Puritanism originated as a Protestant response to Anglicanism and Roman Catholicism. The word now generally denotes strict religious discipline and opposition to social pleasures.
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- The fact is, there were all kinds of Puritans. There were dismal precisians, like William Prynne, illiberal and vulgar fanatics, the Tribulation Wholesomes, Hope-on-high Bombys, and Zeal-of-the-land Busys, whose absurdities were the stock in trade of contemporary satirists from Johnson to Butler. But there were also gentlemen and scholars, like Fairfax, Marvell, Colonel Hutchinson, Vane, whose Puritanism was consistent with all elegant tastes and accomplishments. Was Milton’s Puritanism hurtful to his art? No and yes. It was in many ways an inspiration; it gave him zeal, a Puritan word much ridiculed by the Royalists; it gave refinement, distinction, selectness, elevation to his picture of the world. But it would be uncritical to deny that it also gave a certain narrowness and rigidity to his view of human life.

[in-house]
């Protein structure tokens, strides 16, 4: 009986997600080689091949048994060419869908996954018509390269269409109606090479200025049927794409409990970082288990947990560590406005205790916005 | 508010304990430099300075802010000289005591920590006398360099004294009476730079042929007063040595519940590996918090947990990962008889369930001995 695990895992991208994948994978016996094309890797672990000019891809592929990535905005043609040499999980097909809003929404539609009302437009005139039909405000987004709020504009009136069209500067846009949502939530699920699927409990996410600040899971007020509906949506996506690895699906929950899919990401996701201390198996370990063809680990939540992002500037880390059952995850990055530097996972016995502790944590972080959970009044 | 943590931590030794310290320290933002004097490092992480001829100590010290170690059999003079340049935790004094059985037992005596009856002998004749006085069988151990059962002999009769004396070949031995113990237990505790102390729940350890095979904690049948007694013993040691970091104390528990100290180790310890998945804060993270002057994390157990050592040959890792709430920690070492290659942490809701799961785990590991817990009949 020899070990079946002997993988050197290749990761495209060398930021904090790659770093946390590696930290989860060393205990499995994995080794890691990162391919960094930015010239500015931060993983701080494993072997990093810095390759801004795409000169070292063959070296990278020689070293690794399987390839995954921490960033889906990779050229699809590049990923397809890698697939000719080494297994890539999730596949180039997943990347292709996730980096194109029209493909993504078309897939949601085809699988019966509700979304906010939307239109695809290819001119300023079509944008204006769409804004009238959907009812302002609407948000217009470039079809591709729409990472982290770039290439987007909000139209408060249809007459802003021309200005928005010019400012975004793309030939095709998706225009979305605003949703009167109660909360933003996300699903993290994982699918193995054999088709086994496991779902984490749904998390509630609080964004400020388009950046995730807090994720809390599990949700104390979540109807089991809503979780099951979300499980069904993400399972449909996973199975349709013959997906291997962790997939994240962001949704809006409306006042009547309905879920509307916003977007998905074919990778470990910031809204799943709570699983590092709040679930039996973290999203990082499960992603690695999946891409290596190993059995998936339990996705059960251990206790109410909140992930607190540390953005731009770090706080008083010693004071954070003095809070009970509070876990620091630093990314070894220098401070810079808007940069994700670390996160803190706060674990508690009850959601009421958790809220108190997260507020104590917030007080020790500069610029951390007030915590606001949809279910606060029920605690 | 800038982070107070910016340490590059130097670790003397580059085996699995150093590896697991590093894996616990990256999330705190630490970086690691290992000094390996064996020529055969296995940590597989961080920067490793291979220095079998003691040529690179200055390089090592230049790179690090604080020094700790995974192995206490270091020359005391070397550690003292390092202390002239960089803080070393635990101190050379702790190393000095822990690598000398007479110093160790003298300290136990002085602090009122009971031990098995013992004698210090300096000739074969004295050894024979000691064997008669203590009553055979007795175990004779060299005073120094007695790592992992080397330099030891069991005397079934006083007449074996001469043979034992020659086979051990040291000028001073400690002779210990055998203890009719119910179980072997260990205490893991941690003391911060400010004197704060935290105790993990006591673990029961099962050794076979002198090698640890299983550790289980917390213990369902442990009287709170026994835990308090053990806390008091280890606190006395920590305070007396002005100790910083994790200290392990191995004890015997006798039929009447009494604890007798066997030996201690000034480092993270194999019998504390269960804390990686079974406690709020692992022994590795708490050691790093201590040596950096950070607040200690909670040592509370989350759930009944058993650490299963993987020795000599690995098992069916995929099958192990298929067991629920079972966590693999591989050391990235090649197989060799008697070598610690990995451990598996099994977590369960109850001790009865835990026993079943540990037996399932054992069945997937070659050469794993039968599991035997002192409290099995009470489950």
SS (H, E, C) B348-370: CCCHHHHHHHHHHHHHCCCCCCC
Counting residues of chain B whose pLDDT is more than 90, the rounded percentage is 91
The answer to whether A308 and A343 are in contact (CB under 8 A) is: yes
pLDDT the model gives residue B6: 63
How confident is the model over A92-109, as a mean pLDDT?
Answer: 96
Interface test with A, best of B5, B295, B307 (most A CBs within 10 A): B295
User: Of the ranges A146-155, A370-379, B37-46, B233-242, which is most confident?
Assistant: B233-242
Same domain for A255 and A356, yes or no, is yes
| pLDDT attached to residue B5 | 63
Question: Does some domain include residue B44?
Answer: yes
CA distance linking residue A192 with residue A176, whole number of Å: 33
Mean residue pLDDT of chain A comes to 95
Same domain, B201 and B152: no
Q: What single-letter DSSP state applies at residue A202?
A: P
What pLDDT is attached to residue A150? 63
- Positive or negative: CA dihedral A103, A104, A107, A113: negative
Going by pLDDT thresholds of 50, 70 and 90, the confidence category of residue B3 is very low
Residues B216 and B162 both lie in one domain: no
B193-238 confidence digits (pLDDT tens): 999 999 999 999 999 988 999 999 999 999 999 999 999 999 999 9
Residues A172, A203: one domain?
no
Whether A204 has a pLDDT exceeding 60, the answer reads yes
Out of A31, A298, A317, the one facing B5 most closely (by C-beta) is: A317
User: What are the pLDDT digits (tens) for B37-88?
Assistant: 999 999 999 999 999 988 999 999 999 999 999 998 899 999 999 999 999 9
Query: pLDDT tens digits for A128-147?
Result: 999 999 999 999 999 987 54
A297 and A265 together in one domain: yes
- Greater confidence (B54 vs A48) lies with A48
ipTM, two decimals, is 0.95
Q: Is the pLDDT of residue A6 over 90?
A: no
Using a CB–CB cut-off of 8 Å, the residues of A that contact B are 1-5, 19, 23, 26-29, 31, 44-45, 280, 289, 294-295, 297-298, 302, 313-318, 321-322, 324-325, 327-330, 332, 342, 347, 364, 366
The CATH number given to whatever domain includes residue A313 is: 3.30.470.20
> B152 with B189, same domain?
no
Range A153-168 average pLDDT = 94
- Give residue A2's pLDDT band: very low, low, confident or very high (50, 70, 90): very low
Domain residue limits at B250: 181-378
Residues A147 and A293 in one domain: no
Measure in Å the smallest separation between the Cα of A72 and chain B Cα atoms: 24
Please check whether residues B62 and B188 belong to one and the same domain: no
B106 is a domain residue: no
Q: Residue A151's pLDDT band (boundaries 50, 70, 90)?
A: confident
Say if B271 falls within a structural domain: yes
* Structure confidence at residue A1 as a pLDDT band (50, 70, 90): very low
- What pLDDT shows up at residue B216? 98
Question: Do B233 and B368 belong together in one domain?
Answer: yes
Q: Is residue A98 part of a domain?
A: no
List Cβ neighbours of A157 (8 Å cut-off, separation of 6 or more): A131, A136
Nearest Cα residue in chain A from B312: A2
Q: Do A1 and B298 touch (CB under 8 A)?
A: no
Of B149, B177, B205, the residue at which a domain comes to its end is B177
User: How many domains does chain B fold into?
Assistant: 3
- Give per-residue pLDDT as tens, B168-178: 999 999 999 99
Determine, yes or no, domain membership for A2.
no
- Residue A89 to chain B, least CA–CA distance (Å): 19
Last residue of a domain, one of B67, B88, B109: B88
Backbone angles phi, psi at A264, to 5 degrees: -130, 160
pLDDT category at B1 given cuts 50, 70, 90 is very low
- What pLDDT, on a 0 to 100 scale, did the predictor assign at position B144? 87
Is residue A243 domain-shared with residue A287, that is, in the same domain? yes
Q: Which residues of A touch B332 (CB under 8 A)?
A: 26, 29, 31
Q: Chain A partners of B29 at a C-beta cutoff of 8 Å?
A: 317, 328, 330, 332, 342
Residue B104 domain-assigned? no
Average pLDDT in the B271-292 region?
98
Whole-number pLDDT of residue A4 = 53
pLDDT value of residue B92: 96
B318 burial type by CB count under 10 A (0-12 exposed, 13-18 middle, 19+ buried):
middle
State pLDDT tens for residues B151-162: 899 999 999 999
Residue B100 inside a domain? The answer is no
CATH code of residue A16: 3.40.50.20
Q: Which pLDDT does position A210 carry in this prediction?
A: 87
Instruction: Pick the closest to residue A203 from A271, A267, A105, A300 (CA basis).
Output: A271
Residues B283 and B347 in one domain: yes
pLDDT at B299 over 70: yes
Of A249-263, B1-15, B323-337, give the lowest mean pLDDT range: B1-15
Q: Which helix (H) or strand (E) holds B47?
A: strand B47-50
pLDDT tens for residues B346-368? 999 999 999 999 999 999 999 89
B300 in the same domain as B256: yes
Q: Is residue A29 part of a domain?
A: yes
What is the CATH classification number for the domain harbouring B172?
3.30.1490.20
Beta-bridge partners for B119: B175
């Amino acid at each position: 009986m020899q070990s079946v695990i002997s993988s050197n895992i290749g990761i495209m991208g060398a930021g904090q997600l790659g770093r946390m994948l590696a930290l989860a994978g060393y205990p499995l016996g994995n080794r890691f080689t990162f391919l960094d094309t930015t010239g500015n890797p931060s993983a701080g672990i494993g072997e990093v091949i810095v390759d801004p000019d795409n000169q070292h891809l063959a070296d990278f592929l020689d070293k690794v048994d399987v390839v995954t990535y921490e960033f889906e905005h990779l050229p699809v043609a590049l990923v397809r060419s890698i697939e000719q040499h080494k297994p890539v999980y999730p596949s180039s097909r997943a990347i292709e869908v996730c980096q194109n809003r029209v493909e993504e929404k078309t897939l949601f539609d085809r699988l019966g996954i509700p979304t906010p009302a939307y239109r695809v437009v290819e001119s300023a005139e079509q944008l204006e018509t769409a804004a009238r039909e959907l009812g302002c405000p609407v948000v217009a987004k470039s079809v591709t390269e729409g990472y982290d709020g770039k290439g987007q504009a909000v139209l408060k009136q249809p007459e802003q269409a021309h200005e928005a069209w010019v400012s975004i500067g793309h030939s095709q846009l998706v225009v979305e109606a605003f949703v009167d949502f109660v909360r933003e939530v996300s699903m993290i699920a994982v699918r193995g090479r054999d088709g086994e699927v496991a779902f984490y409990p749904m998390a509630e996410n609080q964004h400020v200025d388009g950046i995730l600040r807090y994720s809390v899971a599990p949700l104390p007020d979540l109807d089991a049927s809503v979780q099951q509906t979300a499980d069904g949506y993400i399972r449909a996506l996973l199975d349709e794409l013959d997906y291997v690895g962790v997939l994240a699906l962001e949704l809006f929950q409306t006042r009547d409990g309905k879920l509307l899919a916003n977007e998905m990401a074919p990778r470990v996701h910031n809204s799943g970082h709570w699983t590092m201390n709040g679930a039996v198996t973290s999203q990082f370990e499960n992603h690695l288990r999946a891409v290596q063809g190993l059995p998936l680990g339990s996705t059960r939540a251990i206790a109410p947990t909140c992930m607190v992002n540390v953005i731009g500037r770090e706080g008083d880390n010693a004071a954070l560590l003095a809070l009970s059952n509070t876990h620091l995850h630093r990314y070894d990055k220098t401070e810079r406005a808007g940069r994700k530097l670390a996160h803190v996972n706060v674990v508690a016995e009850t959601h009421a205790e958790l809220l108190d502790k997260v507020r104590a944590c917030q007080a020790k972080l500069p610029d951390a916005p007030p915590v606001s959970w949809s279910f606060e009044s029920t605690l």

- Henry A. Beers "Milton’s Tercentenary", in The Connecticut Wits and Other Essays (1920), p. 230.
- The Puritan hated bear-baiting, not because it gave pain to the bear, but because it gave pleasure to the spectators.
- Thomas Macaulay, History of England (1849-1861), Volume I, chapter 3.